Shared Experiences for Struggling Readers
Even if your group of struggling readers is blossoming, it’s important to consider how your community can continue to grow and thrive. That’s especially true for classrooms organized around the Adolescent Accelerated Reading Initiative, or AARI, which brings students quickly to grade level.
Several steps can help build a set of shared experiences, which in turn can enhance your classroom’s community:
Promote a book-club atmosphere. First and foremost, remember that by reading a book together, you have shared an experience together. When you question and ultimately critique the author with your students, you are empowering your students within a book-club community.
Use extension activities to excite students. Challenge students to find YouTube videos that relate to your book’s topic, and that you can watch in the last few minutes of class. Nothing builds community like watching documentary science videos of scary eight-legged creatures if you are reading A Look at Spiders. Just remember not to get carried away, and always bring students back to the text.
Take to the open road with a field trip. Field trips can be expensive, and if you have a small group of students, they may not be realistic. But don’t rule them out! Maybe your district has access to a ropes course. You could head off to a local bookstore. Or maybe you could go to the local retirement community or elementary school, in order to read aloud the books you have gone through. Anything that builds bonds and positions students for success can be beneficial.
Institute a game day. Sometimes being silly together is just the experience needed to solidify a community. Here are some of my favorite board games to play with students. And remember to actually play with your students!
Break bread together. One Friday a month, my classes would have what came to be known as “Food Fridays.” It usually started with my bringing in some snacks (think Costco/Sam’s Club granola bars or crackers). Some years, it took on a life of its own. Students would initiate elaborate sign-up sheets, and they would bake brownies and frost cupcakes. Other years, the kids were just happy to have a little something to eat while we worked.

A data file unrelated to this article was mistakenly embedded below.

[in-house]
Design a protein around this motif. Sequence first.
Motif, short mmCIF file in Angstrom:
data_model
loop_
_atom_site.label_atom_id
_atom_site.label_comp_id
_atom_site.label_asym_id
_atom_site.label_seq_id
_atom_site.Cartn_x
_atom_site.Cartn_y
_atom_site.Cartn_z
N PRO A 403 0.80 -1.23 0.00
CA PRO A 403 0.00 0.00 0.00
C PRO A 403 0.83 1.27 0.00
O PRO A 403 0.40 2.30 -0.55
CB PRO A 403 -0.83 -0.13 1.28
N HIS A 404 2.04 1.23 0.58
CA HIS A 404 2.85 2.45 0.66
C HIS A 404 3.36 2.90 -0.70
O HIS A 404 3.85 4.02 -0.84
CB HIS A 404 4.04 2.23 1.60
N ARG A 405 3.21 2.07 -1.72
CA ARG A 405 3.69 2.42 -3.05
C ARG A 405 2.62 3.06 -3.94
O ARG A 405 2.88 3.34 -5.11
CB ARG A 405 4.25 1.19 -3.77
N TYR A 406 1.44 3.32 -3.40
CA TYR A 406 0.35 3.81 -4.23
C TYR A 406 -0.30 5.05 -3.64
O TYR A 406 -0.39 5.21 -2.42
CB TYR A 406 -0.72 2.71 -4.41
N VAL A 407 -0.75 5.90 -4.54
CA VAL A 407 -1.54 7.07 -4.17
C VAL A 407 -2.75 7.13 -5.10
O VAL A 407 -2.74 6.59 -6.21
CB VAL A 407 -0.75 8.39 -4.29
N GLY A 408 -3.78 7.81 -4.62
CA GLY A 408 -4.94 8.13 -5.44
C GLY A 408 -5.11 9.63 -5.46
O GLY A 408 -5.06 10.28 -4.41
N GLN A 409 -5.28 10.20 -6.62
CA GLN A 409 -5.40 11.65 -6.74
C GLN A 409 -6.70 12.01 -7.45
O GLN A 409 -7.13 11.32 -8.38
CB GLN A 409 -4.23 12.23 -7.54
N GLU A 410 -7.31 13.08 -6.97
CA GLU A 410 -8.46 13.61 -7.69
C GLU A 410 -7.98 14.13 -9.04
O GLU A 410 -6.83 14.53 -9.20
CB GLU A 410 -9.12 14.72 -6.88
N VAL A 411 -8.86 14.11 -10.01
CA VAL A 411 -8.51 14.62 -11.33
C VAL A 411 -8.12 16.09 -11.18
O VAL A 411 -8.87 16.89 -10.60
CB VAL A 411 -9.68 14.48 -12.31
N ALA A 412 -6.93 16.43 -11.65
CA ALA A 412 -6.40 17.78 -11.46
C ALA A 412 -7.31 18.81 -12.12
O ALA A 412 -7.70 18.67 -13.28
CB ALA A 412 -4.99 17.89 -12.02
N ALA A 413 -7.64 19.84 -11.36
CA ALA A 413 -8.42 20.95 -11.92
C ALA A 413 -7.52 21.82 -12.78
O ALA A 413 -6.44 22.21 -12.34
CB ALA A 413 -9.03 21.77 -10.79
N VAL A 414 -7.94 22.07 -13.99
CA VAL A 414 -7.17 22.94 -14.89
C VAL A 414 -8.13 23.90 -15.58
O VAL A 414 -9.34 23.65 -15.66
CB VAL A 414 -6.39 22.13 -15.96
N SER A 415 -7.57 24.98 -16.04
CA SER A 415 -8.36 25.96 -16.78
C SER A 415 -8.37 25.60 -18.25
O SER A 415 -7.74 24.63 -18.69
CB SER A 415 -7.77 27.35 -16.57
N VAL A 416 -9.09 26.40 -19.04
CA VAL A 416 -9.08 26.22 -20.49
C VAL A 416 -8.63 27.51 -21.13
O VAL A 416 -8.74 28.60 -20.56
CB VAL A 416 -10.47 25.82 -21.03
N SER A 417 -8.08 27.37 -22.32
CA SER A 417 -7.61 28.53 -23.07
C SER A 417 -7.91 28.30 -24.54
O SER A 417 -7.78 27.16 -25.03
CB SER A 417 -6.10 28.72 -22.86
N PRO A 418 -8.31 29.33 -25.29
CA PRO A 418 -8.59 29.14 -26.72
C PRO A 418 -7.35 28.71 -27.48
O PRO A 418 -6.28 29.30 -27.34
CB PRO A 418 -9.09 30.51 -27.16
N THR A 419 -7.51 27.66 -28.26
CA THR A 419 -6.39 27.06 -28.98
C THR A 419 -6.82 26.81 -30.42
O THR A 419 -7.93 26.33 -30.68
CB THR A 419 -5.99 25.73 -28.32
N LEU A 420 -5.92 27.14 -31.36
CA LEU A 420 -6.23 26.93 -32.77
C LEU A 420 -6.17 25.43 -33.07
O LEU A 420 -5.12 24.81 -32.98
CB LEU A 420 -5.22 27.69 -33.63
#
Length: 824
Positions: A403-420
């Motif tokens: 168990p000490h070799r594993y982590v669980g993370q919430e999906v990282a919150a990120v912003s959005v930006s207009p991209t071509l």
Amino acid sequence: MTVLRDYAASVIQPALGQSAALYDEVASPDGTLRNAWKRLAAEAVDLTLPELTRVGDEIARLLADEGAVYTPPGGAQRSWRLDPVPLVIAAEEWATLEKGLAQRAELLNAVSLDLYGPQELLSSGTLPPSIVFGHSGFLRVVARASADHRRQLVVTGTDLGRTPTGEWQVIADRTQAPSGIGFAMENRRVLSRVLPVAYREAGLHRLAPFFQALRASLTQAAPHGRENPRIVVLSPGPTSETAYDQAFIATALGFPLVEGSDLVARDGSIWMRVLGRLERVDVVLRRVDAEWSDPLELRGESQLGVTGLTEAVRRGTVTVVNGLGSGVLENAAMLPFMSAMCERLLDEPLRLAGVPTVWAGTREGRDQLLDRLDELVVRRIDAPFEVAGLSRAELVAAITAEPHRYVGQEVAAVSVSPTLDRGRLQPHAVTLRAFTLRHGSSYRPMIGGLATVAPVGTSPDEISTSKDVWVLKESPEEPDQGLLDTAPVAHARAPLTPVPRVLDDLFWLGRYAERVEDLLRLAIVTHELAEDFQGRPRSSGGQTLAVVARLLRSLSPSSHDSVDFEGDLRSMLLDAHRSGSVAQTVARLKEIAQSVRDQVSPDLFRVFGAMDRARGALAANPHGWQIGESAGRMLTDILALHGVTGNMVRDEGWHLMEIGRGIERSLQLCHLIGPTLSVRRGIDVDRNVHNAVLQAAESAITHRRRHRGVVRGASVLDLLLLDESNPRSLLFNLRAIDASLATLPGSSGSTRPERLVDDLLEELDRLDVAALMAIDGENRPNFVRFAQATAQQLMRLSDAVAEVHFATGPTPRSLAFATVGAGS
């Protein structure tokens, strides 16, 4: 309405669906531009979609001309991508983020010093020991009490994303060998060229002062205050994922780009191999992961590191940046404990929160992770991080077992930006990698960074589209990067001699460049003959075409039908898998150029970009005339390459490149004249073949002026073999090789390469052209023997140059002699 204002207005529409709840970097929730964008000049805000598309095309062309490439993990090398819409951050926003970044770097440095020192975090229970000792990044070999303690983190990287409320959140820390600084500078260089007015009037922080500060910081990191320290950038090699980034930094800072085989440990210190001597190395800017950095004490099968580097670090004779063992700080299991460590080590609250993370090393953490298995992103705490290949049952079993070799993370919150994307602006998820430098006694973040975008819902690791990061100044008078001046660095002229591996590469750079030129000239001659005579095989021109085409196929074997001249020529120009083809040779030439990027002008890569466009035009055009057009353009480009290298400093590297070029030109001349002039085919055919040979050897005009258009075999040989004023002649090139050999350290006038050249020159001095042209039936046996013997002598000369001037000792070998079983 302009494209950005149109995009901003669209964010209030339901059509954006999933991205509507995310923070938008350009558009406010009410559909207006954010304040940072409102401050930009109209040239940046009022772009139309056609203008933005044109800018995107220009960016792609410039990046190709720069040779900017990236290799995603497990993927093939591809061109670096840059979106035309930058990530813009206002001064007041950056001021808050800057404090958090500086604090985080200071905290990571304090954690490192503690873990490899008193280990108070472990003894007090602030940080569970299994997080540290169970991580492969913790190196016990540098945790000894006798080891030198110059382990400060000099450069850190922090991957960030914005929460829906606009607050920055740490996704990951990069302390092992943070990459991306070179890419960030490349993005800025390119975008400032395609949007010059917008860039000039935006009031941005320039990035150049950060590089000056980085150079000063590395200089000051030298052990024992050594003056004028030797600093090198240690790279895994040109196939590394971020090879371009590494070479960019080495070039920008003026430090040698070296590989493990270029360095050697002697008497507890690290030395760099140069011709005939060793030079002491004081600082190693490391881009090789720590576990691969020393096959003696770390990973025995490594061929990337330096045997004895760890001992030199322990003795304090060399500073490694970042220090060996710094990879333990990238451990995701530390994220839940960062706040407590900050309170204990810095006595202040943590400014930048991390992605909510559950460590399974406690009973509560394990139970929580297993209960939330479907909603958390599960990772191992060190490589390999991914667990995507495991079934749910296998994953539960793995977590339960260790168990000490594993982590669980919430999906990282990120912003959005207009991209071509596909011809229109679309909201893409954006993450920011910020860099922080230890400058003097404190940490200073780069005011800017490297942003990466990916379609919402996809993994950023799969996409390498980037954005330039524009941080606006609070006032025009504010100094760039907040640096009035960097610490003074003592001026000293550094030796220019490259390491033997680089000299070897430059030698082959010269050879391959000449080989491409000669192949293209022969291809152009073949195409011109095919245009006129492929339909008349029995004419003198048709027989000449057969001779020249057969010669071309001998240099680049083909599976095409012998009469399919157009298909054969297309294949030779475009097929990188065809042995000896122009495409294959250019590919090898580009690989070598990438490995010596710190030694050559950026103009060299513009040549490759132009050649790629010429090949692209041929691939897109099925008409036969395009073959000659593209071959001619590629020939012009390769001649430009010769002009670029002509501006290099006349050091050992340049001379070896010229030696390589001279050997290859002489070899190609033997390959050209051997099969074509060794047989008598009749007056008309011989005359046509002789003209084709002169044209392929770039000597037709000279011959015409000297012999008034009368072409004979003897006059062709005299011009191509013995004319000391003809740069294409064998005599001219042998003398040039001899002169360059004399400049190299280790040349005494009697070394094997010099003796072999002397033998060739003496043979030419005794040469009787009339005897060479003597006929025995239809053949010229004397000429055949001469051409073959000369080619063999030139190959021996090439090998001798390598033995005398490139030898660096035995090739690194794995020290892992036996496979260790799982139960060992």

Consider sports. Maybe instead of food, bond over sports. One year, we had a monthly “Fun Friday,” in which I would take students to the auxiliary gym for the last 20 minutes of class, and we would shoot hoops.
Check out some community-building websites. There are a bunch listed on the AARI Moodle. But if you don’t think the activity is fun, don’t do it! Building community is about building authentic relationships with students—so if you aren’t willing to participate, pick something else.
Repeat and revisit fun times together. Try returning to favorite activities or games throughout the year. This maintains your bonds and steps away from the hard academic work you will be accomplishing together.
You, the teacher, are the reason a community is created! Don’t forget this. Know that it takes work to maintain a community. Know that you have to become a part of that community. Some days you might plan to do an activity unrelated to AARI; other days, your community building will be embedded in your questions or text mapping.
Regardless, community building is not something to do only once in the fall, only to check it off a to-do list. It is an ongoing, ever-evolving process that needs adequate attention in your daily lesson planning throughout the year.
Caroline Thompson (@TeacherThompson) taught middle school ELA for 12 years in Lake Orion before becoming a stay-at-home mom. She supports AARI teachers for Oakland Schools as an independent consultant in the areas of digital media, professional development, and non-fiction resources. Caroline is a Reading and Writing Workshop advocate, a 2008 Oakland Writing Project Teacher Consultant, and a 2009 Oakland County Outstanding Teacher of the Year Nominee. She lives in Berkley with her husband and their 2 year old daughter.AARI Notes from the Classroom Oakland Writing Project